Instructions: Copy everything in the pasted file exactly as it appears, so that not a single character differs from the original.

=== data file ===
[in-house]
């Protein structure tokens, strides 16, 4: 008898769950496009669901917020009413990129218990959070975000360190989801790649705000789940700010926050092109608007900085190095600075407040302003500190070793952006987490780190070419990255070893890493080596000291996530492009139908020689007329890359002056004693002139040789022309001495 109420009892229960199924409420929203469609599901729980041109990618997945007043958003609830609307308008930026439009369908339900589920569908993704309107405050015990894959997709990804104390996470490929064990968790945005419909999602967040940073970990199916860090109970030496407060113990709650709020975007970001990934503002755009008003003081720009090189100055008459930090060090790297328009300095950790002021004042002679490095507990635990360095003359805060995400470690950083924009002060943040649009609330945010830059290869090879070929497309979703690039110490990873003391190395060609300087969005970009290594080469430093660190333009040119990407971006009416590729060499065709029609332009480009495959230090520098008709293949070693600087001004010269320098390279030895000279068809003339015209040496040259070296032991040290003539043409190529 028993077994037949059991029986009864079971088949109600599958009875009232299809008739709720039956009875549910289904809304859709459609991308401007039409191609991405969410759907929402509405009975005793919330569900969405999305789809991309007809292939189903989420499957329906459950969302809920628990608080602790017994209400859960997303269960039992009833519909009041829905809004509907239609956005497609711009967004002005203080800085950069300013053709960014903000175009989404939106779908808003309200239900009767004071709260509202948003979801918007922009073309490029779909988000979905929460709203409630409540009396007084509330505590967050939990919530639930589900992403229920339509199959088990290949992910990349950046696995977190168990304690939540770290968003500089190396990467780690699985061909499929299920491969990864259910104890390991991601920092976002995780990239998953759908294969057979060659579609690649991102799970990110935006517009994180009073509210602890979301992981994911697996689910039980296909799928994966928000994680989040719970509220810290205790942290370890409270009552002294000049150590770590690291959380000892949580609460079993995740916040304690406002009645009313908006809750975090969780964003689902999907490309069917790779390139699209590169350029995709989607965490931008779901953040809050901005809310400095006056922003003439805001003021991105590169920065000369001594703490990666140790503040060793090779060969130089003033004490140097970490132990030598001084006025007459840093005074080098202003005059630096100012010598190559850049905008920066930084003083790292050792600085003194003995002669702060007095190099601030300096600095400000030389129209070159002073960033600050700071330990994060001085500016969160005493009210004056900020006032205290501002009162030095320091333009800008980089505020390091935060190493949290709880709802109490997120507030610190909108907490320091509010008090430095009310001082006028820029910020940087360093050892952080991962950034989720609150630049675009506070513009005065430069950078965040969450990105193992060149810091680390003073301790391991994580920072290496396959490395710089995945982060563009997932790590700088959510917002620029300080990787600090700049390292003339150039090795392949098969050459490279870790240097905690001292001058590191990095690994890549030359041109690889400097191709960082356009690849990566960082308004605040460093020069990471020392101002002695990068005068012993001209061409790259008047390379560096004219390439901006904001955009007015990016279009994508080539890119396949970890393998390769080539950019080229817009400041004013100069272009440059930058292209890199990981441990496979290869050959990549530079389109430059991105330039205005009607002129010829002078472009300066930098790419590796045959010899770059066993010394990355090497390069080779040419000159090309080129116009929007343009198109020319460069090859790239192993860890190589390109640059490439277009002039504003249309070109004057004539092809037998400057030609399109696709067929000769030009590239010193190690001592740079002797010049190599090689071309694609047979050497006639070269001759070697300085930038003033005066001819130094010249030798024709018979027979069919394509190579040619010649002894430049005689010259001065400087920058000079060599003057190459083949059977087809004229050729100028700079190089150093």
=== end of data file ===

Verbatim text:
[in-house]
């Protein structure tokens, strides 16, 4: 008898769950496009669901917020009413990129218990959070975000360190989801790649705000789940700010926050092109608007900085190095600075407040302003500190070793952006987490780190070419990255070893890493080596000291996530492009139908020689007329890359002056004693002139040789022309001495 109420009892229960199924409420929203469609599901729980041109990618997945007043958003609830609307308008930026439009369908339900589920569908993704309107405050015990894959997709990804104390996470490929064990968790945005419909999602967040940073970990199916860090109970030496407060113990709650709020975007970001990934503002755009008003003081720009090189100055008459930090060090790297328009300095950790002021004042002679490095507990635990360095003359805060995400470690950083924009002060943040649009609330945010830059290869090879070929497309979703690039110490990873003391190395060609300087969005970009290594080469430093660190333009040119990407971006009416590729060499065709029609332009480009495959230090520098008709293949070693600087001004010269320098390279030895000279068809003339015209040496040259070296032991040290003539043409190529 028993077994037949059991029986009864079971088949109600599958009875009232299809008739709720039956009875549910289904809304859709459609991308401007039409191609991405969410759907929402509405009975005793919330569900969405999305789809991309007809292939189903989420499957329906459950969302809920628990608080602790017994209400859960997303269960039992009833519909009041829905809004509907239609956005497609711009967004002005203080800085950069300013053709960014903000175009989404939106779908808003309200239900009767004071709260509202948003979801918007922009073309490029779909988000979905929460709203409630409540009396007084509330505590967050939990919530639930589900992403229920339509199959088990290949992910990349950046696995977190168990304690939540770290968003500089190396990467780690699985061909499929299920491969990864259910104890390991991601920092976002995780990239998953759908294969057979060659579609690649991102799970990110935006517009994180009073509210602890979301992981994911697996689910039980296909799928994966928000994680989040719970509220810290205790942290370890409270009552002294000049150590770590690291959380000892949580609460079993995740916040304690406002009645009313908006809750975090969780964003689902999907490309069917790779390139699209590169350029995709989607965490931008779901953040809050901005809310400095006056922003003439805001003021991105590169920065000369001594703490990666140790503040060793090779060969130089003033004490140097970490132990030598001084006025007459840093005074080098202003005059630096100012010598190559850049905008920066930084003083790292050792600085003194003995002669702060007095190099601030300096600095400000030389129209070159002073960033600050700071330990994060001085500016969160005493009210004056900020006032205290501002009162030095320091333009800008980089505020390091935060190493949290709880709802109490997120507030610190909108907490320091509010008090430095009310001082006028820029910020940087360093050892952080991962950034989720609150630049675009506070513009005065430069950078965040969450990105193992060149810091680390003073301790391991994580920072290496396959490395710089995945982060563009997932790590700088959510917002620029300080990787600090700049390292003339150039090795392949098969050459490279870790240097905690001292001058590191990095690994890549030359041109690889400097191709960082356009690849990566960082308004605040460093020069990471020392101002002695990068005068012993001209061409790259008047390379560096004219390439901006904001955009007015990016279009994508080539890119396949970890393998390769080539950019080229817009400041004013100069272009440059930058292209890199990981441990496979290869050959990549530079389109430059991105330039205005009607002129010829002078472009300066930098790419590796045959010899770059066993010394990355090497390069080779040419000159090309080129116009929007343009198109020319460069090859790239192993860890190589390109640059490439277009002039504003249309070109004057004539092809037998400057030609399109696709067929000769030009590239010193190690001592740079002797010049190599090689071309694609047979050497006639070269001759070697300085930038003033005066001819130094010249030798024709018979027979069919394509190579040619010649002894430049005689010259001065400087920058000079060599003057190459083949059977087809004229050729100028700079190089150093």